B2B companies had to quickly pivot to virtual selling options during the early days of the pandemic, and as time has passed, they’ve grown more confident in their new sales models. New research from McKinsey suggests that this confidence is a result of companies increasingly offering various interaction points, arguing that “omnichannel is more effective than traditional sales models alone.”
The results of McKinsey’s latest B2B pulse survey – fielded among 3,360 decision-makers in 12 markets – certainly draw a link between omni-channel selling and market share gains. For example, while 46% of respondents using a single channel to sell products and services reported an increase in market share of at least 1 percentage point versus peers during 2020-2021, that figure increased with each successive number of channels used. As such, 72% of respondents that enabled purchase over 7 channels reported market share growth.
The meaning of omni-channel has changed over time, too, as the bar has been set higher and higher. Today, B2B customers report using 10 distinct channels to interact with suppliers over their decision journeys, up from an average of 7.5 in 2019 and 5 in 2016. New channels that are being used now include mobile apps, video conferences, and web chats, among others.
B2B Customers Want Options
Another interesting finding is that B2B buyers are almost evenly split in their ways of interacting with sales reps. At the earliest stage of the process – identifying and researching new suppliers – 34% share opt for digital self-serve, while 33% choose remote human interactions and 33% traditional interactions. Likewise, this near-even split is seen among buyers when considering and evaluating new suppliers. Not too surprisingly, during the ordering and reordering phases, there is a slight tilt towards digital self-serve and away from traditional interactions, but even in these cases, at least 30% of buyers choose the traditional methods.
Preferred Channels Differ by Purchase Situation
As one might expect, B2B buyers gravitate a little more to certain methods than others depending on the type of purchase they’re making. For a first-time purchase, buyers tend to favor traditional methods over remote or self-serve, and the same is true for higher-value purchases and more complex purchases.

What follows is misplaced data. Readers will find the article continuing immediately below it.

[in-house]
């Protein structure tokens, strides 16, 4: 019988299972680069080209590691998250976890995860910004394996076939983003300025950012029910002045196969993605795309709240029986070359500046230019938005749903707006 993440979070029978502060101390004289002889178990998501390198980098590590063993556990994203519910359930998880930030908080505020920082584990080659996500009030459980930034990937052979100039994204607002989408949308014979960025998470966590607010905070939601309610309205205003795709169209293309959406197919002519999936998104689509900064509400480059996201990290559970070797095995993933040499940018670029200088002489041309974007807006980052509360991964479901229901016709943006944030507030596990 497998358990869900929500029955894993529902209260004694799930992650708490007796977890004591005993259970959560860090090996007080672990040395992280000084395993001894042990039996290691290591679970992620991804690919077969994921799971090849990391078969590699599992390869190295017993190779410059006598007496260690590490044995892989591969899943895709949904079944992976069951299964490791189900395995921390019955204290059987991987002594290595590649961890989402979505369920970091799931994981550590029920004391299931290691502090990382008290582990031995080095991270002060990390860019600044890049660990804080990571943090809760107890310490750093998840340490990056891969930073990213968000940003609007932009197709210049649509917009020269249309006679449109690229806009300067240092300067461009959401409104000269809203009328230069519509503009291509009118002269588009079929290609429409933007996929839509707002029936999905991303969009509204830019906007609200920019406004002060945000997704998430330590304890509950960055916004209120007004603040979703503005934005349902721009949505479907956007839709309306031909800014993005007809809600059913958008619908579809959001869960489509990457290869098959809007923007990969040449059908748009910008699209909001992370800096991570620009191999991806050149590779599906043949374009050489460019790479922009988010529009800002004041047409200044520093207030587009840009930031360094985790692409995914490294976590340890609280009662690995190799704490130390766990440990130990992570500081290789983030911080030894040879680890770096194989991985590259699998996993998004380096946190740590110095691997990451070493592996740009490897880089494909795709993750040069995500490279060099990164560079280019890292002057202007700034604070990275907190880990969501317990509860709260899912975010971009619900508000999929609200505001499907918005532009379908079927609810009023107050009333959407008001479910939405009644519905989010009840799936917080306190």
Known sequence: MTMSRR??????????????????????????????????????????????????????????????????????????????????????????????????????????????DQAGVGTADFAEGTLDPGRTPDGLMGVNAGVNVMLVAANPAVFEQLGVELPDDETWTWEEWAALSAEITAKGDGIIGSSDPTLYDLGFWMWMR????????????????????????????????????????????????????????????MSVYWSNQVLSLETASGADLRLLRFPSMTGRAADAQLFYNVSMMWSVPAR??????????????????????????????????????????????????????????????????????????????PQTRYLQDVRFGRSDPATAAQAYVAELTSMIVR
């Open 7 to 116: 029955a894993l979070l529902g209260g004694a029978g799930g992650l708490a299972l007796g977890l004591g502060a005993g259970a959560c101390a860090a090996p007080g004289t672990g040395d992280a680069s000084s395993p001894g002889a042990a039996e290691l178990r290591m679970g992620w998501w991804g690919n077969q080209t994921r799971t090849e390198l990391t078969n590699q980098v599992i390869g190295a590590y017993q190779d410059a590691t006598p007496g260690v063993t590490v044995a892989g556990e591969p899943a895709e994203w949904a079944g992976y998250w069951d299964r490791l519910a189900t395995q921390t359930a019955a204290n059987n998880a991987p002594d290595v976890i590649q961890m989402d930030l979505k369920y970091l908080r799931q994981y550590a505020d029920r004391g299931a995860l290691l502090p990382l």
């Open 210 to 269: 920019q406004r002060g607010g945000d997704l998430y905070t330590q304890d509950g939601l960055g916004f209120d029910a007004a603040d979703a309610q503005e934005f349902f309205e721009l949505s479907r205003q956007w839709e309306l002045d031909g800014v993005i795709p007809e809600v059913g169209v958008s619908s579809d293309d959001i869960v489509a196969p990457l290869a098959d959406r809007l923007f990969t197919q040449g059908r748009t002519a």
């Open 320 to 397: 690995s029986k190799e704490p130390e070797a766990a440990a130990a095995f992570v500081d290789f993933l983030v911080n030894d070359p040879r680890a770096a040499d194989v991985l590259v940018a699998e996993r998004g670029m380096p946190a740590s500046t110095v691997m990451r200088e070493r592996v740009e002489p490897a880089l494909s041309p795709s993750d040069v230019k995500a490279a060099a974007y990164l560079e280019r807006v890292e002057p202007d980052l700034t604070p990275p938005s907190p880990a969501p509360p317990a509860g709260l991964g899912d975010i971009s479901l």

By comparison, self-serve is the preferred interaction method for lower-value purchases and less complex ones too.
What Experiences Are Required for Customer Loyalty?
McKinsey outlines 5 experiences that are prerequisites for customer loyalty, termed “must-dos” and said to be wanted by buyers in combination. These critical attributes are: a performance guarantee (full refund; essential for 78% of buyers); product availability shown online (74%); ability to purchase from any channel (72%); real-time/always-on customer service (72%); and consistent experience across channels (72%). For each of these, without being offered, at least 7 in 10 would look for another supplier.
Other essential elements include outcomes-based pricing (70%), readily available customer reviews (69%), shipping within 2 days or less (64%) and a single log-in/password for all supplier sites and apps (63%).
- 72% of B2B companies that have built their own marketplace report market share gains over the past year, compared to 42% of those who say they will never consider building a marketplace.
- B2B companies with a greater degree of marketing personalization are more likely to report market share gains than those with a lesser degree of personalization.
- Almost 3 in 10 (29% of) B2B buyers surveyed in December 2021 reported a willingness to spend more than $500,000 on a single interaction on remote or self-service channels, up from 25% in February 2021, with that change coming from an increase in the percentage willing to spend between $500,000 and $5 million.
About the Data: The results are based on a December 2021 survey of 3,360 B2B decision-makers in 12 markets: Brazil; Chile; China; France; Germany; India; Italy; Japan; South Korea; Spain; UK; and US.